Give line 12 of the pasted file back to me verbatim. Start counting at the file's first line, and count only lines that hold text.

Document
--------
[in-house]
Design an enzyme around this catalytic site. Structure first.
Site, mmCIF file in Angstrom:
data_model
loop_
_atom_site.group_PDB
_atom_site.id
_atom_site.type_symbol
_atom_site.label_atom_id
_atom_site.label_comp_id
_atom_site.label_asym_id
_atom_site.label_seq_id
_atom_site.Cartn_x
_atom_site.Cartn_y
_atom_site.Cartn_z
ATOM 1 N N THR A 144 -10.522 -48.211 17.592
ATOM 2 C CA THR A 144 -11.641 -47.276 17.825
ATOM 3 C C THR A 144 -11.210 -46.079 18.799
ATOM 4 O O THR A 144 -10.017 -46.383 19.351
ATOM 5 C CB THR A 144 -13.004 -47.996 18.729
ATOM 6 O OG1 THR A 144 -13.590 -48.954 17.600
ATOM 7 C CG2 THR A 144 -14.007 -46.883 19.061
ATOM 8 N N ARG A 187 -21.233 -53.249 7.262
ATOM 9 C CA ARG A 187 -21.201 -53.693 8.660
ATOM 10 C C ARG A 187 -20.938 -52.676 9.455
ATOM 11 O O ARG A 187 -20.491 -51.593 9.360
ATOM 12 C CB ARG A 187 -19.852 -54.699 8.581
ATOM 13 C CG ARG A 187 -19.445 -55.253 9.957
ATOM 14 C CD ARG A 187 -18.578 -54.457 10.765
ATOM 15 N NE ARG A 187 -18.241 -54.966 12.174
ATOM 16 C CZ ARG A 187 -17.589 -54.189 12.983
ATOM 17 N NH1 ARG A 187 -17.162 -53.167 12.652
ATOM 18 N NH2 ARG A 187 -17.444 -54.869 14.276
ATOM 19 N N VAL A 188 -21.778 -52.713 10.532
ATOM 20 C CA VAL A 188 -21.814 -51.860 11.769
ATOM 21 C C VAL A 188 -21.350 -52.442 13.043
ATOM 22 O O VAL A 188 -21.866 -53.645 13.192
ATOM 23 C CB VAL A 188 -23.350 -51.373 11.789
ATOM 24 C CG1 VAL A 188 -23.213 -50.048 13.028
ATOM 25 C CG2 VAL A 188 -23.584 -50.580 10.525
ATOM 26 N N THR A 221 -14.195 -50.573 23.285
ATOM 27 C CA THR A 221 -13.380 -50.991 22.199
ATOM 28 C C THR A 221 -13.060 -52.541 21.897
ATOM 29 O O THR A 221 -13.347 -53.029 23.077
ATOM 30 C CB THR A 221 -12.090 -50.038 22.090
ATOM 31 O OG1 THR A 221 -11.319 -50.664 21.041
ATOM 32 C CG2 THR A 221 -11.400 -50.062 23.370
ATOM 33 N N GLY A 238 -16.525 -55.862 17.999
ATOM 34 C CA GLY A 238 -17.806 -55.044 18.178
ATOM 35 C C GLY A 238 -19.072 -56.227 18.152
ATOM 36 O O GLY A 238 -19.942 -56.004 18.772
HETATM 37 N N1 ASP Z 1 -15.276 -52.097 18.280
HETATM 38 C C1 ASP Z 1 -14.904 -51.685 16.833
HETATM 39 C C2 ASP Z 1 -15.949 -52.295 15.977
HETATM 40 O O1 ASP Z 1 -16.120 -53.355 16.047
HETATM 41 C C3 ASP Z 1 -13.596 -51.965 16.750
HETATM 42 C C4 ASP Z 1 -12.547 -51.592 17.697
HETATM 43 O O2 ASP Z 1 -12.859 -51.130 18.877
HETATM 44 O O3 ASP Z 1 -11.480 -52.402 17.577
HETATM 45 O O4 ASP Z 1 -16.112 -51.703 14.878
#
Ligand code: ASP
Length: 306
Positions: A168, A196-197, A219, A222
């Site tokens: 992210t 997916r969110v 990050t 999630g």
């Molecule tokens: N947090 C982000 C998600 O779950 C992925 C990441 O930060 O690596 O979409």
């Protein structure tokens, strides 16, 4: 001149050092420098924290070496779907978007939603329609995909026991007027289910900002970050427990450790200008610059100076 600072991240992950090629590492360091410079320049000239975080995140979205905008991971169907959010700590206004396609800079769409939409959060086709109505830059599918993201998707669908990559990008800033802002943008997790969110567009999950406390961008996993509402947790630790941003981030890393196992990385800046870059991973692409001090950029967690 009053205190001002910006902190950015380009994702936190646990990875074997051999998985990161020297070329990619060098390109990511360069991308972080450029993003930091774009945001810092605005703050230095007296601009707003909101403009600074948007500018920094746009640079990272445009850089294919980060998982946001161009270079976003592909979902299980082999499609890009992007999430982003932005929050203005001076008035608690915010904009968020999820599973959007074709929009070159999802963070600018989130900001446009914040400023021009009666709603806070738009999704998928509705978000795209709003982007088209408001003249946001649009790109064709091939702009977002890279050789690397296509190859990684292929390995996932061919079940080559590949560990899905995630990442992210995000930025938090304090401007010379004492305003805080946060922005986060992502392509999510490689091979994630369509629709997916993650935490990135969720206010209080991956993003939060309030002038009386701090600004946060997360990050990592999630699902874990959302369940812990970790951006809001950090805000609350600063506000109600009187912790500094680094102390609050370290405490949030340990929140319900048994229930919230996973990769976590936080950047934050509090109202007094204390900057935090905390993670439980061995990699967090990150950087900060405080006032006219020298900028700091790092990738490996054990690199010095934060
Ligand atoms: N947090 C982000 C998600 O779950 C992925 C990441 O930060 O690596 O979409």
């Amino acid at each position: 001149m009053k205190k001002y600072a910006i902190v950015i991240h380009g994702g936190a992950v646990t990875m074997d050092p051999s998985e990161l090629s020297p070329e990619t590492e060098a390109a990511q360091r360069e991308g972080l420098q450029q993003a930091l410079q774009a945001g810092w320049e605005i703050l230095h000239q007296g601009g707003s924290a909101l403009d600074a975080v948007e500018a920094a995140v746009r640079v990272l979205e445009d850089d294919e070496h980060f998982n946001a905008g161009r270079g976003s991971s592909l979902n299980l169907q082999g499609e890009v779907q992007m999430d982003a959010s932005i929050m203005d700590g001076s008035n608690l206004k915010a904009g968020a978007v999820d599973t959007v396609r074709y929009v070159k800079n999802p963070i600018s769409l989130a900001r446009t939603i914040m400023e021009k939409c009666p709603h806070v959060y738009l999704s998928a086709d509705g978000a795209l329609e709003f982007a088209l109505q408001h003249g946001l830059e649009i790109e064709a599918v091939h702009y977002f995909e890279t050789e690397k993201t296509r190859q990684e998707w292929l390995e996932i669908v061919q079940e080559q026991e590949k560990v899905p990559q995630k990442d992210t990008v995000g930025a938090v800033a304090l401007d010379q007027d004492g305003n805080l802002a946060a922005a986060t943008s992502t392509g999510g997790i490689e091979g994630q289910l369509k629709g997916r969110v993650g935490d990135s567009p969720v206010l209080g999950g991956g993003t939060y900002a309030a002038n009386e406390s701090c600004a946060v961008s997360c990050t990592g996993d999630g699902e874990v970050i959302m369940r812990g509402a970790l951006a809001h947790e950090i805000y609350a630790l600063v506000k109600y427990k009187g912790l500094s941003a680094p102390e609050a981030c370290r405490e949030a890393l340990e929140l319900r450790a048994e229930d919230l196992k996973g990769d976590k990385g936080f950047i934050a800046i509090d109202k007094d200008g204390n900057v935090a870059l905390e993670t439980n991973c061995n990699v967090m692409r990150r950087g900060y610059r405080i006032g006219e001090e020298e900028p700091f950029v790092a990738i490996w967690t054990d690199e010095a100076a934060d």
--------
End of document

_atom_site.label_seq_id